Archives: Washington Policy Watch

Interactive Graph: Washington’s Continued Racial Inequities

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Matthew Streib | October 17, 2017

Sixty-eight years ago, Washington State passed the Law Against Discrimination, deciding that “discrimination against any of its inhabitants because of race, creed, color or national origin are a matter of state concern, that such discrimination threatens not only the rights and proper privileges of its inhabi

Dear Seattle: Having a Rich Neighbor Won’t Make You Rich

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Matthew Streib | September 29, 2017

Cheerleaders of “prosperity” have treated the economic boom in Seattle like sports fans. When the Seahawks won the Super Bowl in 2014, crowds filled the streets chanting, “We did it!” While the people in the street didn’t literally touch the ball or score a touchdown, they felt like they had accomplished some

New Data Show Affordable Care Act’s Continued Effectiveness in Washington

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Matthew Streib | September 15, 2017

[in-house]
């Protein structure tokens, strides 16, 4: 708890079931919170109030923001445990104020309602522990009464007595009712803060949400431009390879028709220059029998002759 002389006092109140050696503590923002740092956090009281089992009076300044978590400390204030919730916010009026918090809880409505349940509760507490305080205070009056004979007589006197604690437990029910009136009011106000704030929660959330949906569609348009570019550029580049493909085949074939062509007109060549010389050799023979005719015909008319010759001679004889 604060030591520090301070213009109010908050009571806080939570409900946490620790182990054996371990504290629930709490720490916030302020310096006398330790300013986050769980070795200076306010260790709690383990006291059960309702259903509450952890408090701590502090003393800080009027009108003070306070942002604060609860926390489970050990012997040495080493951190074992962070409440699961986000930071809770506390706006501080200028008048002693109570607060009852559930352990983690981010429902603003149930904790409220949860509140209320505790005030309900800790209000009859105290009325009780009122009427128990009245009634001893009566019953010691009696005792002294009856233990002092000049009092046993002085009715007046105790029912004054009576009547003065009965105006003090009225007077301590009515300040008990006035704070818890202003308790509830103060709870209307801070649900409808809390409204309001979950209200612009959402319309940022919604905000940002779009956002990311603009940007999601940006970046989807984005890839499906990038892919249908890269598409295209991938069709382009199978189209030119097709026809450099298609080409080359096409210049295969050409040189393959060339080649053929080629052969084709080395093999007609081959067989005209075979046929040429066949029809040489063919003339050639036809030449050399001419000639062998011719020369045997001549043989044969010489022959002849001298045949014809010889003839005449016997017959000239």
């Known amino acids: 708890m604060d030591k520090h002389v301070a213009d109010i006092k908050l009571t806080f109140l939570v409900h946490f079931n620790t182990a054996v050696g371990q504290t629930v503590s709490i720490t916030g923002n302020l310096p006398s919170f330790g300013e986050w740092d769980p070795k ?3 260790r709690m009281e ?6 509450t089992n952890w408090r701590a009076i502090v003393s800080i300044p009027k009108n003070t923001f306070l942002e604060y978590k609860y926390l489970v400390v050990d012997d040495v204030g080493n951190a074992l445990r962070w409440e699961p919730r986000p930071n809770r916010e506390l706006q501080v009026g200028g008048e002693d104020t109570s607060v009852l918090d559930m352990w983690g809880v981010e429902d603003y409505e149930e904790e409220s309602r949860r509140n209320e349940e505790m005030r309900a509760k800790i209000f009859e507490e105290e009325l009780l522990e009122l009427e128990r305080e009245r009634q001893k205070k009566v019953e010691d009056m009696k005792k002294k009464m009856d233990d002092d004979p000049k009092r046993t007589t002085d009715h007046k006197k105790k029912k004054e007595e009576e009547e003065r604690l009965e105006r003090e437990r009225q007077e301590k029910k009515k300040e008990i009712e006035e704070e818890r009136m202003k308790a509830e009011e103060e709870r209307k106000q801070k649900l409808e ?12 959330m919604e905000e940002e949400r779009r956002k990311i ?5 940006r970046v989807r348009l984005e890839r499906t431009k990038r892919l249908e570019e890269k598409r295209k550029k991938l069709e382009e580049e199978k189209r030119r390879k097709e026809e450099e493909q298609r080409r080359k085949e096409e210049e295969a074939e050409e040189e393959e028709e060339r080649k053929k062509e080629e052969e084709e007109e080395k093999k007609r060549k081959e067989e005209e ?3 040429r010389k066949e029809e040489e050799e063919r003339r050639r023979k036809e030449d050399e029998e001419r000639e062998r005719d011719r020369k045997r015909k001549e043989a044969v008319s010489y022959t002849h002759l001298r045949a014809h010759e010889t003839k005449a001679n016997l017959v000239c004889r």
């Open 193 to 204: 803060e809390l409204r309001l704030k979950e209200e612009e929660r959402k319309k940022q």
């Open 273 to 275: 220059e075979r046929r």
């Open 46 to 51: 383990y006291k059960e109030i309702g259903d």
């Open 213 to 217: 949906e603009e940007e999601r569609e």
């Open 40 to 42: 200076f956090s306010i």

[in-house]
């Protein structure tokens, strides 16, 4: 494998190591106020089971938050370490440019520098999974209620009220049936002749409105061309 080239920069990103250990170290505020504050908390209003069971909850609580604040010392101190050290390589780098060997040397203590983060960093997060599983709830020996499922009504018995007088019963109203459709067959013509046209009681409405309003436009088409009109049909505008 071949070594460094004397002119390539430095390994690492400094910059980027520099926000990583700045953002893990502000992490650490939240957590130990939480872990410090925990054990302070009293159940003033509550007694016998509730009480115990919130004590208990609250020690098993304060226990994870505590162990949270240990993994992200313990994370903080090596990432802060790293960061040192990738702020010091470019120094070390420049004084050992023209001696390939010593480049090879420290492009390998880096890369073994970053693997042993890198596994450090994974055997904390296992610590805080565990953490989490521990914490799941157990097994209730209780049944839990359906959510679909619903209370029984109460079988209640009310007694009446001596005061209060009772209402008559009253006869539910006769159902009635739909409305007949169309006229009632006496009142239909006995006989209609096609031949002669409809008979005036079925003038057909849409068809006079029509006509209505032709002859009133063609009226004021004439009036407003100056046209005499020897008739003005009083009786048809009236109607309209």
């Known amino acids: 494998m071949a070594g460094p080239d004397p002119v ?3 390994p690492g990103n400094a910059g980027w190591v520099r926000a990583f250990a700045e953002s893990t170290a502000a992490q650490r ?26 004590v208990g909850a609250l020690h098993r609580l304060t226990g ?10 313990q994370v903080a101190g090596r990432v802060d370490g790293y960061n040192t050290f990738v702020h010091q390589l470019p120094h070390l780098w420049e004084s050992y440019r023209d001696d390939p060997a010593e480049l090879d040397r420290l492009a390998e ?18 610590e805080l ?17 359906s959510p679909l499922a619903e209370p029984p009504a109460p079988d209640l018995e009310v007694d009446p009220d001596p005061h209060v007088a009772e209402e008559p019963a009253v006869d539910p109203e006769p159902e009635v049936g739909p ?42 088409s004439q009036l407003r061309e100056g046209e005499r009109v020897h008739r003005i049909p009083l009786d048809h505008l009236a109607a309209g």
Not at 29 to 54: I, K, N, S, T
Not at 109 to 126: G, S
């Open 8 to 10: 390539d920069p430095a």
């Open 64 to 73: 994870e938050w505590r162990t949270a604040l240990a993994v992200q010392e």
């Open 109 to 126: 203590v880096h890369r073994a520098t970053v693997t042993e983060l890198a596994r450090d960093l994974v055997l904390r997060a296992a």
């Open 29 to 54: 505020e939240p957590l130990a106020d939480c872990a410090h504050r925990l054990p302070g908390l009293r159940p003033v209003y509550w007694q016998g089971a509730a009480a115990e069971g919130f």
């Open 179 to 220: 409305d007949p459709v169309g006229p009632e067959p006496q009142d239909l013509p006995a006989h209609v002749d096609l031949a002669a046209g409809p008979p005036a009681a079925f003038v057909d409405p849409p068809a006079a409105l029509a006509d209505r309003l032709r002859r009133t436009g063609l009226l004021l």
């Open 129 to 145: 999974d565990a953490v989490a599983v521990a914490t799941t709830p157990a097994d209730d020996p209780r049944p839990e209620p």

The number of people in Washington State without health insurance continued to drop in 2016, according to new data released this week by the Census Bureau. In fact, every state has seen a decrease in uninsured rates since the Affordable Care Act (ACA) came into effect. Overall, 94 percent of Washingtonians ha

Don’t Fall for Millionaire Victimhood

A sign welcoming new residents to Seattle's Capitol Hill neighborhood. Source: Joe Wolf / Flickr

Matthew Streib | August 4, 2017

As ballots are counted across King County, it looks like Prop 1 has failed. It had a worthy purpose – making art more accessible to low-income residents – but it was paid for with yet another sales tax in a city that feels that it’s been taxed enough. But it feels that way because some residents are paying mo

Social Security report shows healthy system in need of fine-tuning

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Matthew Streib | July 17, 2017

Last week, the Social Security Trustees published their 269-page annual report on the health of the Social Security Trust Funds, which hold the assets that will help fund future retirement benefits for Social Security recipients. In sum, the future of Social Security is bright, as long as some adjustments are

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